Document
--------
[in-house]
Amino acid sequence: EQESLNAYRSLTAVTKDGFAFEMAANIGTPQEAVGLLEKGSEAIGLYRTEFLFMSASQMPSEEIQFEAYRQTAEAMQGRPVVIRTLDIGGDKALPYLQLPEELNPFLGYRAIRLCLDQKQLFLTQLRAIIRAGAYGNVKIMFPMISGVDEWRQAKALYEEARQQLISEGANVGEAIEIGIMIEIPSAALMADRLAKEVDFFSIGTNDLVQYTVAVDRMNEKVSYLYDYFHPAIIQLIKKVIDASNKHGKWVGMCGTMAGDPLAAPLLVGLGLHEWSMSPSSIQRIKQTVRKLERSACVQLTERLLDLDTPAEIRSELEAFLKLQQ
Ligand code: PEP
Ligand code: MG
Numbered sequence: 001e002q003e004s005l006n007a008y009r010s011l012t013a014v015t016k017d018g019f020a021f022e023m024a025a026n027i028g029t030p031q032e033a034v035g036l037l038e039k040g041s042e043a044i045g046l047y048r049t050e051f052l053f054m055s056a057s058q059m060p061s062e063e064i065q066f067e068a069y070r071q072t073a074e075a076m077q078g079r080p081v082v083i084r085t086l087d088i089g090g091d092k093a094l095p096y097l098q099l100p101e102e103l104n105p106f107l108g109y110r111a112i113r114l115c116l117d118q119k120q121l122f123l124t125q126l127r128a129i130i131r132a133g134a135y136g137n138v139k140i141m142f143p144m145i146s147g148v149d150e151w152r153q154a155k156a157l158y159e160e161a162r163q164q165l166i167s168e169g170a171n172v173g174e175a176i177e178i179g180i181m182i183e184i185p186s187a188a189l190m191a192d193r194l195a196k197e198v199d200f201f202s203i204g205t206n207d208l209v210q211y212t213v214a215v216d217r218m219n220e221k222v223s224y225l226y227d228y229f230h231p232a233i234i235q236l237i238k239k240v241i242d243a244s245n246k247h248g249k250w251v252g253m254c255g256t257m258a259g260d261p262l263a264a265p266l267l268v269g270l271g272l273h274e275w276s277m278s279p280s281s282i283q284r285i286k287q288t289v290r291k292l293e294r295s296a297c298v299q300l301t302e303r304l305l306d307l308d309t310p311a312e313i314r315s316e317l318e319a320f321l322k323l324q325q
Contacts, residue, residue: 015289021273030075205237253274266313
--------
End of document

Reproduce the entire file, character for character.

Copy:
[in-house]
Amino acid sequence: EQESLNAYRSLTAVTKDGFAFEMAANIGTPQEAVGLLEKGSEAIGLYRTEFLFMSASQMPSEEIQFEAYRQTAEAMQGRPVVIRTLDIGGDKALPYLQLPEELNPFLGYRAIRLCLDQKQLFLTQLRAIIRAGAYGNVKIMFPMISGVDEWRQAKALYEEARQQLISEGANVGEAIEIGIMIEIPSAALMADRLAKEVDFFSIGTNDLVQYTVAVDRMNEKVSYLYDYFHPAIIQLIKKVIDASNKHGKWVGMCGTMAGDPLAAPLLVGLGLHEWSMSPSSIQRIKQTVRKLERSACVQLTERLLDLDTPAEIRSELEAFLKLQQ
Ligand code: PEP
Ligand code: MG
Numbered sequence: 001e002q003e004s005l006n007a008y009r010s011l012t013a014v015t016k017d018g019f020a021f022e023m024a025a026n027i028g029t030p031q032e033a034v035g036l037l038e039k040g041s042e043a044i045g046l047y048r049t050e051f052l053f054m055s056a057s058q059m060p061s062e063e064i065q066f067e068a069y070r071q072t073a074e075a076m077q078g079r080p081v082v083i084r085t086l087d088i089g090g091d092k093a094l095p096y097l098q099l100p101e102e103l104n105p106f107l108g109y110r111a112i113r114l115c116l117d118q119k120q121l122f123l124t125q126l127r128a129i130i131r132a133g134a135y136g137n138v139k140i141m142f143p144m145i146s147g148v149d150e151w152r153q154a155k156a157l158y159e160e161a162r163q164q165l166i167s168e169g170a171n172v173g174e175a176i177e178i179g180i181m182i183e184i185p186s187a188a189l190m191a192d193r194l195a196k197e198v199d200f201f202s203i204g205t206n207d208l209v210q211y212t213v214a215v216d217r218m219n220e221k222v223s224y225l226y227d228y229f230h231p232a233i234i235q236l237i238k239k240v241i242d243a244s245n246k247h248g249k250w251v252g253m254c255g256t257m258a259g260d261p262l263a264a265p266l267l268v269g270l271g272l273h274e275w276s277m278s279p280s281s282i283q284r285i286k287q288t289v290r291k292l293e294r295s296a297c298v299q300l301t302e303r304l305l306d307l308d309t310p311a312e313i314r315s316e317l318e319a320f321l322k323l324q325q
Contacts, residue, residue: 015289021273030075205237253274266313